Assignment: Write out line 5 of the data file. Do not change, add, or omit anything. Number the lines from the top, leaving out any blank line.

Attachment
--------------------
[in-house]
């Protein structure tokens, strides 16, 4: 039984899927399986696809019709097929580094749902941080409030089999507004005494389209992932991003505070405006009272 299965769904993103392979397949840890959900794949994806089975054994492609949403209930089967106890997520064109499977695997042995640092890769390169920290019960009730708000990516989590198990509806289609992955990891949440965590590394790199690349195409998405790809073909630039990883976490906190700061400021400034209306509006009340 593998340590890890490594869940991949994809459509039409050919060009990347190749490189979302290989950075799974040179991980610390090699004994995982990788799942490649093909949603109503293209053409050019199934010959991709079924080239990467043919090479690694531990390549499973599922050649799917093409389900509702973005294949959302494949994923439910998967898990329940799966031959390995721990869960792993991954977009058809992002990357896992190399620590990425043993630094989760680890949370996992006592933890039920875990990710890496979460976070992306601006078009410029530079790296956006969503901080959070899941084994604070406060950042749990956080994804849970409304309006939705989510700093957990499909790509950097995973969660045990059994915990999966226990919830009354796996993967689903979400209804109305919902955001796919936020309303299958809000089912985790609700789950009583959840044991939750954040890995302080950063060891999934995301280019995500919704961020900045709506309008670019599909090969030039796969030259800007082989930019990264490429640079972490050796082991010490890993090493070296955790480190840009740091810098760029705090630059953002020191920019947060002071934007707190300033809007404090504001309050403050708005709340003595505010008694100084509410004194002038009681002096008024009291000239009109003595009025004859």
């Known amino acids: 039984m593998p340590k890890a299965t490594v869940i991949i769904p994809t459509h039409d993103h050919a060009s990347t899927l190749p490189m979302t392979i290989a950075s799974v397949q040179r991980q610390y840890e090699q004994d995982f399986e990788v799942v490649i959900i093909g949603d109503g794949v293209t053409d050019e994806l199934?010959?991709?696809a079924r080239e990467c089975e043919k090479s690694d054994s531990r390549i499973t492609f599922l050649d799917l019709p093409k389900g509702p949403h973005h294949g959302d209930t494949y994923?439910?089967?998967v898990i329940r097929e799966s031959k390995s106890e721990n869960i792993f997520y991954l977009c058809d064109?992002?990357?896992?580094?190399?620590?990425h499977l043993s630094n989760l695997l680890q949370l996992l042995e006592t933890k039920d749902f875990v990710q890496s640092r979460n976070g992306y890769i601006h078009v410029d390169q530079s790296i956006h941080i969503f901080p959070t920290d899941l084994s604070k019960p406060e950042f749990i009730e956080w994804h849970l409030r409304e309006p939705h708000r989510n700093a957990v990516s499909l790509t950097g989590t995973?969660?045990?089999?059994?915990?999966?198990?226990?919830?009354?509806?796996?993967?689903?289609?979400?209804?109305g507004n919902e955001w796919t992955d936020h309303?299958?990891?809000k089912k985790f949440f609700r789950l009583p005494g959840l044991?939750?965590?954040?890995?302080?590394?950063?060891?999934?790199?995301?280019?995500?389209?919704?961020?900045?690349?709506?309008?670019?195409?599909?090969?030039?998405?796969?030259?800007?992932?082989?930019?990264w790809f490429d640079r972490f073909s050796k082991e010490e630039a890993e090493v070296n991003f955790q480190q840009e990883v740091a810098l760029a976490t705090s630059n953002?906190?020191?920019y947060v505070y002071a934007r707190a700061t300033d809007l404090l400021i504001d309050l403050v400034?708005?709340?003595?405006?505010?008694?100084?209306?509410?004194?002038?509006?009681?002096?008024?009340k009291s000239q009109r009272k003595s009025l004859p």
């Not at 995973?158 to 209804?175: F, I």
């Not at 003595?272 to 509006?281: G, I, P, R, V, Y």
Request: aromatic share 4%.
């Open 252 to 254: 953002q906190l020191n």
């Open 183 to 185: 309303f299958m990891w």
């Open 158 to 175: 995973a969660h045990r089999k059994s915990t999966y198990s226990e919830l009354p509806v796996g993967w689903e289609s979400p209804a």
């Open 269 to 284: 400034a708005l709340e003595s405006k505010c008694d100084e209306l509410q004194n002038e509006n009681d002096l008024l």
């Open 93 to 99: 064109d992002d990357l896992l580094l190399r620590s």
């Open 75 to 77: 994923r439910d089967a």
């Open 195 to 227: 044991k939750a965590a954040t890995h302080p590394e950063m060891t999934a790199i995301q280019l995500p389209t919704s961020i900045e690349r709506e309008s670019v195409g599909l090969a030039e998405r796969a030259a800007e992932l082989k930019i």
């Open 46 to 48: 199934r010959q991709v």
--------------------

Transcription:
């Not at 003595?272 to 509006?281: G, I, P, R, V, Y």